With the nature of Brazil’s growth miracle revealed, through shocking scandal at its most globally preeminent firm, questions naturally arise as to whether the rest of the Brazilian corporate sector engaged in similar practice?  “Operation Radioactivity” relates to another fraud/kickback scheme at  Brazil’s largest utility, Electrobras. So far, the top energy firm, top utility, and top 6 construction firms are all being implicated or investigated for fraud/corrupt business practices.

An investor knee-jerk reaction is to seek out depressed EM assets when the night is darkest. CJF takes the other side of this view, with the emphasis that cheap ≠value. There is no way to accurately determine the cheapness of domestic assets in Brazil, China, or Russia based on flawed controls, financial reporting, accounting, and corporate governance. Investors seeking end-market exposure to the BRIC economies are best served investing in high quality, developed market equities with large businesses in the emerging markets. These stocks are depressed too.

Brazil is in deep recession while running a current account deficit close to 9% of GDP. Inflation is too high, political and central bank leadership in flux, and the currency is down 30% relative to a year ago. There is no easy way out, and the economy will only recover after cleaning up corruption, changing governments, implementing structural reforms in the corporate sector, experiencing a longer duration recession, and seeing the currency weaken further. For EM countries without the ballast of a robust corporate sector, there is little ability to immediately stimulate the economy without massively inefficient capital allocation (stimulus) and more waste.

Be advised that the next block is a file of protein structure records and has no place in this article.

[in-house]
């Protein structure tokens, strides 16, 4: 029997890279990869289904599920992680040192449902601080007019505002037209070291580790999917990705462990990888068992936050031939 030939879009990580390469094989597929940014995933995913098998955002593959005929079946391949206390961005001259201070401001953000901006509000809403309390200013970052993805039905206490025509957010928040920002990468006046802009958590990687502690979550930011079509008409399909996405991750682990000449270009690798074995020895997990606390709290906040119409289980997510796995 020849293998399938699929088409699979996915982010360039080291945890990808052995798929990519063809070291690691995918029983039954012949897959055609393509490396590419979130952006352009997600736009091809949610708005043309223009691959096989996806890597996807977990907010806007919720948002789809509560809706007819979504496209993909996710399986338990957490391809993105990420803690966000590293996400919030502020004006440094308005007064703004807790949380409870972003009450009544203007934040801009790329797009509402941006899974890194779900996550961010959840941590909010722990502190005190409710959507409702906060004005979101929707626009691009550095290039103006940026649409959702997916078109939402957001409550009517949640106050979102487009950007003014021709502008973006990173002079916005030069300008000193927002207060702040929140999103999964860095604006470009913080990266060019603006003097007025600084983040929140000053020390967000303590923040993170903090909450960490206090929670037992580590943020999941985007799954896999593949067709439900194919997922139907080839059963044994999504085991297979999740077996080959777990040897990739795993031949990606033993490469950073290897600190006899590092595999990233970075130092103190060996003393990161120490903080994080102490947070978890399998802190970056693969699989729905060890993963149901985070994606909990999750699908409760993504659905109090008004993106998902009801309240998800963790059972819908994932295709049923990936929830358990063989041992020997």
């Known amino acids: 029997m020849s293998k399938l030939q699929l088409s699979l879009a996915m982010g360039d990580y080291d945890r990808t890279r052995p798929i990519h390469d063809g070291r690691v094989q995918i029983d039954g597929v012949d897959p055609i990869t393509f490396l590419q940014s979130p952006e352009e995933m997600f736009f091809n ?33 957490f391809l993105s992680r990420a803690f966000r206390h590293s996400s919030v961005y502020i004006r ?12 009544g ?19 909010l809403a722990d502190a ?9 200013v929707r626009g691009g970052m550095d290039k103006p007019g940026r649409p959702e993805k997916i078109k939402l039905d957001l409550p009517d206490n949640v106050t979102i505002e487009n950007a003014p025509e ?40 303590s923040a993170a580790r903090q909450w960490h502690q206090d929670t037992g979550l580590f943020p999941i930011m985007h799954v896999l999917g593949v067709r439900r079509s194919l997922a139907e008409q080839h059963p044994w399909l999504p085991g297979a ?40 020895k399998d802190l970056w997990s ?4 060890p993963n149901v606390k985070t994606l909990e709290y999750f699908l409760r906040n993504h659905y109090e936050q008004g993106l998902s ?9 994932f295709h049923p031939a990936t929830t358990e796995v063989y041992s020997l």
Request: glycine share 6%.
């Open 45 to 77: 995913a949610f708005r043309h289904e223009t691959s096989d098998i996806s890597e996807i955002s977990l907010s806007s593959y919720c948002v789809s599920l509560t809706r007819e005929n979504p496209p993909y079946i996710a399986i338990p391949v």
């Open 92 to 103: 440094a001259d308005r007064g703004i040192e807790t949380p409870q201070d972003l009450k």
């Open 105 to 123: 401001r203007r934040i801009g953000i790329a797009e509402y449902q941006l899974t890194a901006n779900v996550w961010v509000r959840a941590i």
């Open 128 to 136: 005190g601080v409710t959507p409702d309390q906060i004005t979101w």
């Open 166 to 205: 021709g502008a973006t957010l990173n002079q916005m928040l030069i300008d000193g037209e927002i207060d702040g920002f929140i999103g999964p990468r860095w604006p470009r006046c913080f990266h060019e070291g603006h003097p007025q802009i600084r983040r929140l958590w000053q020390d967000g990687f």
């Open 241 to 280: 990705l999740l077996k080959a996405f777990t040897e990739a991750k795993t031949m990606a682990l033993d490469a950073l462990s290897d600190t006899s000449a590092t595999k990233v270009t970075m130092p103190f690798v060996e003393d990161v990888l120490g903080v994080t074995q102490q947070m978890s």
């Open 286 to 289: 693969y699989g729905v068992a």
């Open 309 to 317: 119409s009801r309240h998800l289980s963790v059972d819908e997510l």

The pervasive economic issues in China and Russia are thematically similar. The companies in these countries are the products of statist governments, bureaucracy, and graft. It isn’t surprising that flaws are becoming apparent in a period of global deleveraging at the start of a US rate-hike cycle. The S&P 500 will ultimately weather the storm much better than EM equity markets, but large parts of the S&P are exposed to EM.

Investors should brace.

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  1. Kidchowda on September 15, 2015 at 10:50 am

    KJF, how does the rise of Korea and its development into mature economy fit in to your formula? Though not as statist as Russia, China or Brazil, they Chaebols are not entirely disimilar from a giant state-owned enterprise as one might see in China. I guess my point is, that the corporate sector that you point to as the lynchpin of healthy growth may take forms other than the US model. BTW, good point that cheap does not necessarily equal value. Seems basic, but it’s worth repeating. Keep up the great posts KJF!

  2. crackerjack on September 15, 2015 at 8:04 pm


    This is a good analogy. While Korea has shown great flashes, and been truly innovative within technology and auto, I think Korea has been partially successful developing a modernized corporate sector. The Chaebols and sprawling nature of many conglomerates are rather inefficient corporate structures.

    When you take the top 100 companies in the world, the US would have between 80-90. Korea would certainly have a few (Samsung, Hyundai-Kia).